Woodburn company finds manufacturing extension service invaluable for streamlining production, survival
It was a dilemma with clear stipulations: double your production or die.
That’s what faced Fleet Sales West in Woodburn, a firm that manufactures, repairs and sells towing rigs. At one point in recent years to the budget line was clear; FSW was not manufacturing enough to stay afloat.
That left owner and President Donna Bookout-Coe looking for solutions. FSW Vice President of Operations Greg Gifford said a fortuitous one befell the company when Bookout-Coe heard a piece of useful information.
“Our owner was attending a seminar and heard someone speaking about it,” Gifford said, the “it” being Oregon Manufacturing Extension Partnership. “She was able to connect with the extension, and it turned out to be quite the resource for us…We increased productivity from about 5 trucks a month to 10 trucks, and even 12 in some months.”
The difference meant making ends meet – along with staying open and keeping the operation’s 25 jobs in Woodburn. OMEP consultant Gary Connor met with FSW leadership to evaluate the situation, one which he described as teetering on closure or moving the plant to Mexico.
Gifford affirmed, saying that without the reorganizational changes, “We would probably have had to close up shop or move the business to Mexico.”
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Evaluating the scene
Connor visited FSW to examine its production process, and juxtapose it with established improvisations that have been historically useful in similar situations.
“There’s a (list of) seven forms of waste identified by Toyota back in the 1960s and 70s,” Connor said, itemizing transportation, inventory, motion, waiting, overproduction, over-processing, and defects. “And so at Fleet Sales, what I first I noticed was a lot of motion; 4 tow trucks in (manufacturing) process and two people working on each tow truck. They were spending 35 percent of their time just walking and looking for pieces.”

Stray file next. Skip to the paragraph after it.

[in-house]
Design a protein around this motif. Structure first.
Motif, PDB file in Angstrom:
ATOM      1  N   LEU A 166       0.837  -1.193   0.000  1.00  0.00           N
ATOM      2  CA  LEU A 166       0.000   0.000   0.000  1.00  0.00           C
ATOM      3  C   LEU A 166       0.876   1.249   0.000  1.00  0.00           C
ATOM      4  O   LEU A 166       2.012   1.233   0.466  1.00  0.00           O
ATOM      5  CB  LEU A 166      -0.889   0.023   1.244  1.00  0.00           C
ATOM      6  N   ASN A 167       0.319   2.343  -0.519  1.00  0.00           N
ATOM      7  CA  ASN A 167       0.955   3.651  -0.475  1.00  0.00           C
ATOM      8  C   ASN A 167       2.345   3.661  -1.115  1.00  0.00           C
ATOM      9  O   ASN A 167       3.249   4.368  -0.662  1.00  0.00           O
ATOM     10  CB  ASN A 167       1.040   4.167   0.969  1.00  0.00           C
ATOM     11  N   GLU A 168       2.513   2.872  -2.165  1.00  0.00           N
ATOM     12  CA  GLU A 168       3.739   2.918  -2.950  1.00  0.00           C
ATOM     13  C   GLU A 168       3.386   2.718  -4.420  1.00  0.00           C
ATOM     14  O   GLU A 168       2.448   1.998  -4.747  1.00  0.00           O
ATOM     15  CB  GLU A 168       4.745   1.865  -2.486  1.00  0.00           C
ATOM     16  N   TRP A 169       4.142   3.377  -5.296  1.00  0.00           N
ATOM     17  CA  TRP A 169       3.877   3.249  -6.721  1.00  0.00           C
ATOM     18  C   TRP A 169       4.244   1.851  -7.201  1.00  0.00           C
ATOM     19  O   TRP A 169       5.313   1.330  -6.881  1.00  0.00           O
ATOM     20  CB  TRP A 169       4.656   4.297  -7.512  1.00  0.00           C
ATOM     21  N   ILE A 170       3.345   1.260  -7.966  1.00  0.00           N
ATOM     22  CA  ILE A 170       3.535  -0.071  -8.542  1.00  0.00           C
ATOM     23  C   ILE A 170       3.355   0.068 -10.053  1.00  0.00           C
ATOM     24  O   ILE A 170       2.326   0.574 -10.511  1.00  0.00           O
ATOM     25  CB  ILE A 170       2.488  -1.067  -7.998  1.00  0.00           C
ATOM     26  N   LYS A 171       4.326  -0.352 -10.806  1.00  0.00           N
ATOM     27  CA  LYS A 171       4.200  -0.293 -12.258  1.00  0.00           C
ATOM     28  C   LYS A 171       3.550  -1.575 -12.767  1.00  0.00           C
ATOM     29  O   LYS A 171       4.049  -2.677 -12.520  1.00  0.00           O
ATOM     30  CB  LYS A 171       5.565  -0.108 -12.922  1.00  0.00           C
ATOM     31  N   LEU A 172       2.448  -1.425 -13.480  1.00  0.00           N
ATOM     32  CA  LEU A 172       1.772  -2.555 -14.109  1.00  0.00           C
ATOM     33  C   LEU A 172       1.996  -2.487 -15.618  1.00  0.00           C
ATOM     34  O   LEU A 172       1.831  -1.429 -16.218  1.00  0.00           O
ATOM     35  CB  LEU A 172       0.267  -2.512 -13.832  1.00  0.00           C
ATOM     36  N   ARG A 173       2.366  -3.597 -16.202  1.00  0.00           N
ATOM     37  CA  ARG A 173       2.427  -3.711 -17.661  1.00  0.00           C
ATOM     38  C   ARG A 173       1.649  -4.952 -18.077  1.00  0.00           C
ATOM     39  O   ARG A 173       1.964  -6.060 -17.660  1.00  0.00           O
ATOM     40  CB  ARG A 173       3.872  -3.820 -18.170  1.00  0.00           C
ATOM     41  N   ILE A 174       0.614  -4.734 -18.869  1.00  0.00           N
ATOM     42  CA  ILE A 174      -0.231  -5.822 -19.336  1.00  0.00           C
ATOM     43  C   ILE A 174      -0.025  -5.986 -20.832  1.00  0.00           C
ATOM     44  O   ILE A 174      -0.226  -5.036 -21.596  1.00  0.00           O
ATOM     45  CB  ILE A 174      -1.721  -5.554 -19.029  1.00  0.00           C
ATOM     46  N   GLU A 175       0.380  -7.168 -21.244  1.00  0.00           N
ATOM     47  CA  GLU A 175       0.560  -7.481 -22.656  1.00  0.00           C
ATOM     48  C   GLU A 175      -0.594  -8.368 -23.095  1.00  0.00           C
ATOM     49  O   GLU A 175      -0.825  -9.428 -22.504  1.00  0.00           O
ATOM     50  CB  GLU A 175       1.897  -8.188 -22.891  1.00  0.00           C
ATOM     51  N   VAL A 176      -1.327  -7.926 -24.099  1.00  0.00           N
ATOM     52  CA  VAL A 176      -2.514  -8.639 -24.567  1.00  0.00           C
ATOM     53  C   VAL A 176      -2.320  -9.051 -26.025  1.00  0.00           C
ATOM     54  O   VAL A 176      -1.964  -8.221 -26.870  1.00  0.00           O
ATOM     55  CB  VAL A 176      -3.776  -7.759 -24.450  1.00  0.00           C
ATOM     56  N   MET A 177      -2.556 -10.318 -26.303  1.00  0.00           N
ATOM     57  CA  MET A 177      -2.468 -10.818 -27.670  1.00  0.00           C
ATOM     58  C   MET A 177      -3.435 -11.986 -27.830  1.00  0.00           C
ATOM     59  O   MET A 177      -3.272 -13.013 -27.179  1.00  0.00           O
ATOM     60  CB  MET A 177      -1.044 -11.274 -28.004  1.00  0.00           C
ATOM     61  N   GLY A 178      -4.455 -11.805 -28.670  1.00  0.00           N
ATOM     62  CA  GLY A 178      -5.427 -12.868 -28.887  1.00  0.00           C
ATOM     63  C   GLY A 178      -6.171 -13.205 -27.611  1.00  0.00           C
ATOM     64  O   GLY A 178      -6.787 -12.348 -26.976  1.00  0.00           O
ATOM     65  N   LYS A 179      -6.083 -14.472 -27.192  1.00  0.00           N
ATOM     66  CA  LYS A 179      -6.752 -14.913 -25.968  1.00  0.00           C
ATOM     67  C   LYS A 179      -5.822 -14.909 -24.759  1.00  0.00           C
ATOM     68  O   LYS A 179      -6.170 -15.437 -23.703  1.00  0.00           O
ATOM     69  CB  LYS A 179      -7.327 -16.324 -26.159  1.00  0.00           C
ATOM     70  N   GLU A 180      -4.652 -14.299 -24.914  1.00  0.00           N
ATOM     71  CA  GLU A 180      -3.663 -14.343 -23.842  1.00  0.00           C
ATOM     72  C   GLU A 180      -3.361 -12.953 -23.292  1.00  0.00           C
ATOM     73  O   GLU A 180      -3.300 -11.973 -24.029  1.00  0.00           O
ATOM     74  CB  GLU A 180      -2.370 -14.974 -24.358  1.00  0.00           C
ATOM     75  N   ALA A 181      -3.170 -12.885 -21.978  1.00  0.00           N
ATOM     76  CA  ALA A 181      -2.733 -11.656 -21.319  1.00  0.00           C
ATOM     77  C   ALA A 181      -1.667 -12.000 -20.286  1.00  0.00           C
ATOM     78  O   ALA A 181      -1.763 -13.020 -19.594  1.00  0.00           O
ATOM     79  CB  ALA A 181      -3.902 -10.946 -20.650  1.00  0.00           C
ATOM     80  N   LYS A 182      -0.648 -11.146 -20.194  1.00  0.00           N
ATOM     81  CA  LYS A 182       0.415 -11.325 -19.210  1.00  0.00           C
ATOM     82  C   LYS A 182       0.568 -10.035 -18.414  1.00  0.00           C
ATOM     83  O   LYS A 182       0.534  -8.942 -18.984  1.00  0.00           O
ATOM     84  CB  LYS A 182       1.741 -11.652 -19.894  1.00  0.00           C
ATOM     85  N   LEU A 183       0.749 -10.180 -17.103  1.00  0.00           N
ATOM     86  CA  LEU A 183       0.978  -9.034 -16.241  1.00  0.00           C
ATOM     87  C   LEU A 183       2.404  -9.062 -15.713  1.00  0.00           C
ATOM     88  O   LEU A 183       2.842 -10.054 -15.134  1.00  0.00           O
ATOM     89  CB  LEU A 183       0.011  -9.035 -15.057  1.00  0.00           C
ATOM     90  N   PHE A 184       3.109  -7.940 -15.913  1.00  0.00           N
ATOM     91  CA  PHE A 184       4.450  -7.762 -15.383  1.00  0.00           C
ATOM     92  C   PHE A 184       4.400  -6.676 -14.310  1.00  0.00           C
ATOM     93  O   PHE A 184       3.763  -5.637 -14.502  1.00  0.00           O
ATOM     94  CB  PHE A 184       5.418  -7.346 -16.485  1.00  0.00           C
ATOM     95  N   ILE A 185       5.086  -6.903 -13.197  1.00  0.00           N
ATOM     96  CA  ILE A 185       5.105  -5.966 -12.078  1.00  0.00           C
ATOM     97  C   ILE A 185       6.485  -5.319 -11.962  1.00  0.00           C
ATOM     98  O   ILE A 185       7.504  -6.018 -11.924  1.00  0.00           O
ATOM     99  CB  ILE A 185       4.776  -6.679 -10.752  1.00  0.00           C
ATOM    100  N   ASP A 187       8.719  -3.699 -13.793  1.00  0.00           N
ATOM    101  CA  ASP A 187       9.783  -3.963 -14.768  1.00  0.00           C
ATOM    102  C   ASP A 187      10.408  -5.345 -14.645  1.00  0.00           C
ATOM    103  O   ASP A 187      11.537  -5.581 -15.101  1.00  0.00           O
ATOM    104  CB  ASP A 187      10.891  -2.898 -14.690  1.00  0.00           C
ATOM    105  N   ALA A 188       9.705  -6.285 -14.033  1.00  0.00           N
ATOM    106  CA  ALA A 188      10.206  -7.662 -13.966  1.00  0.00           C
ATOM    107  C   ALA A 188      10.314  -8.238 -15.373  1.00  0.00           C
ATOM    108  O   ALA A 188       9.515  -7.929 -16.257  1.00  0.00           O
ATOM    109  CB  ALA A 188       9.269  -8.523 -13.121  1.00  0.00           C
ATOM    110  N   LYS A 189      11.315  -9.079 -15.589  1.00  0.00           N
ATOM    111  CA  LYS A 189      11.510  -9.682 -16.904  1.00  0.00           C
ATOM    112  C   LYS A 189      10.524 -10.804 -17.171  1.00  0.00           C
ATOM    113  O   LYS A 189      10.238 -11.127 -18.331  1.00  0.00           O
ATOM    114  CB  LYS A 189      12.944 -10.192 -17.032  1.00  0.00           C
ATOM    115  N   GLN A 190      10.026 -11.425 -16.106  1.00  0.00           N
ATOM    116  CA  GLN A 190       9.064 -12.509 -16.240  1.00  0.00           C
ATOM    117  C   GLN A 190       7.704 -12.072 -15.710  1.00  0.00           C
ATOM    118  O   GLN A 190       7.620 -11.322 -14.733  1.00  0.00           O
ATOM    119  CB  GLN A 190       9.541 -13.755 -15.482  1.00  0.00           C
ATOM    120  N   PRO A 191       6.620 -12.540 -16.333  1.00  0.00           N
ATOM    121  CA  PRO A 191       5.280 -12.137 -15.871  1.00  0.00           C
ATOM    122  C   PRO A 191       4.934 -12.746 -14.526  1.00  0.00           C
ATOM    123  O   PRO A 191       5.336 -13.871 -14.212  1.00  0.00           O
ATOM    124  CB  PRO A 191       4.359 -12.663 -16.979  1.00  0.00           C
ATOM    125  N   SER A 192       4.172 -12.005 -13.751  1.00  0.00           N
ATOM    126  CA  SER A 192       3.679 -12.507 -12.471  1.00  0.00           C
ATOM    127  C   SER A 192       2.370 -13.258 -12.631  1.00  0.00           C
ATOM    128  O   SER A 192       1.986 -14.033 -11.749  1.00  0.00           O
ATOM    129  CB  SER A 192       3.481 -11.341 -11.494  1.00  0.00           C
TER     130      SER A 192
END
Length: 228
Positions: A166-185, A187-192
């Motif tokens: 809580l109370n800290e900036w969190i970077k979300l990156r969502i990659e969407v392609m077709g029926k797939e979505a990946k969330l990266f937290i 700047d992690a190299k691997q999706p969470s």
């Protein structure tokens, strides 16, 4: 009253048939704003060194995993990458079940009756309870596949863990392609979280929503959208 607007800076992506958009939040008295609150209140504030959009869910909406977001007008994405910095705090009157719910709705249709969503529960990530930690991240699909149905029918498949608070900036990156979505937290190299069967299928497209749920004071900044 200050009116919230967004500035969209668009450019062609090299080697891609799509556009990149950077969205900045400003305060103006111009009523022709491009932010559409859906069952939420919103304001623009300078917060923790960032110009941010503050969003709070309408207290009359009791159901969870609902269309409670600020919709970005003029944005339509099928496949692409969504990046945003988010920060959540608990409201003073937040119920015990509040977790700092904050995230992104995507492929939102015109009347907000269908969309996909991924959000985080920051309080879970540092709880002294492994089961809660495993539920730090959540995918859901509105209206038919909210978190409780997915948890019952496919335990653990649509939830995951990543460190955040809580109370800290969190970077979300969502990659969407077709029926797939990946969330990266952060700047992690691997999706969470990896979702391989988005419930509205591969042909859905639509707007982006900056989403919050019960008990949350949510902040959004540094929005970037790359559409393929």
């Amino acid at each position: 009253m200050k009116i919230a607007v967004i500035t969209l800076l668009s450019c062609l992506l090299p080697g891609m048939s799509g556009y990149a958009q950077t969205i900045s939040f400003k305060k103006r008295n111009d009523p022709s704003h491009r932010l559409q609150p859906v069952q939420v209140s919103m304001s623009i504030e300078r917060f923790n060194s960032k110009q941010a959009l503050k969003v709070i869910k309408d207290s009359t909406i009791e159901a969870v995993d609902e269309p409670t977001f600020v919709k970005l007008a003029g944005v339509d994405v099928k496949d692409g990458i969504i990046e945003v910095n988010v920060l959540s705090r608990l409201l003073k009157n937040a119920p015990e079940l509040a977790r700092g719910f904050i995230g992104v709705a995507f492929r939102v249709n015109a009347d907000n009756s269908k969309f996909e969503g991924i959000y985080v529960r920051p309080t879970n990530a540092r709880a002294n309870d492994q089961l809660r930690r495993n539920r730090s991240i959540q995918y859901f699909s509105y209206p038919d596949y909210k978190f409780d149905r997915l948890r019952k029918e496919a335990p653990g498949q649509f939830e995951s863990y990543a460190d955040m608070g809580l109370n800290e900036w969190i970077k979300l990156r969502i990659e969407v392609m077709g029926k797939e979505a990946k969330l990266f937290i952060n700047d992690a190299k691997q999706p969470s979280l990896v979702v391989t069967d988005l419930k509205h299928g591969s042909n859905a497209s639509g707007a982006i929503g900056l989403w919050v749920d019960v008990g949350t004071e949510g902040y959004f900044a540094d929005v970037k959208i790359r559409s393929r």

Connor described scenarios rife with “non-value-adding activities,” such as walking, fetching, searching for a part or trying to find a tool. He also discovered some assemblers had toolboxes stuffed with implements they did not need for the task at hand
“The situation was ripe for a lean transformation,” he said.
The non-productive time added up. For instance, the analysis showed that about 12.5 percent of FSW labor expenses were spent paying employees to walk from one place to another.
“We found it took one person a full month (160 hours), to build and test a truck,” Connor noted. “If we removed the walking, waiting, and other non-value-added time, we estimated that it would take only about 80 hours to assemble a truck.
Ironing out wrinkles
While giving a plant tour recently, Gifford pointed enthusiastically at a cart in the parts room near the assembly floor passageway. What would appear as an ordinary parts storeroom stocking pushcart had actually been converted into a masterful time-saving conveyance.
He explained that every part the assemblers or technicians would need for a given day would be loaded, ready-to-go and at hand as the work commenced. Planning ahead for equipping carts by a fabrication team begins in advance, so the team knows what is needed on several days in advance.
Since FSW does a lot of customizing, the nuances of what would be needed for each project can be considerable, enough to demand many specifics that fit one project but not another. The carts provide a means to address that.
“The fabrication team and stock room staff ensure parts are produced on demand. The stock-room team stages carts at least one day ahead of each assembly team,” Connor said. “No longer are parts produced in large batches and stored for long periods. The team working on a Day 2 cart can see the Day 3 cart waiting for them. This allows everyone to mentally prepare for the next day.”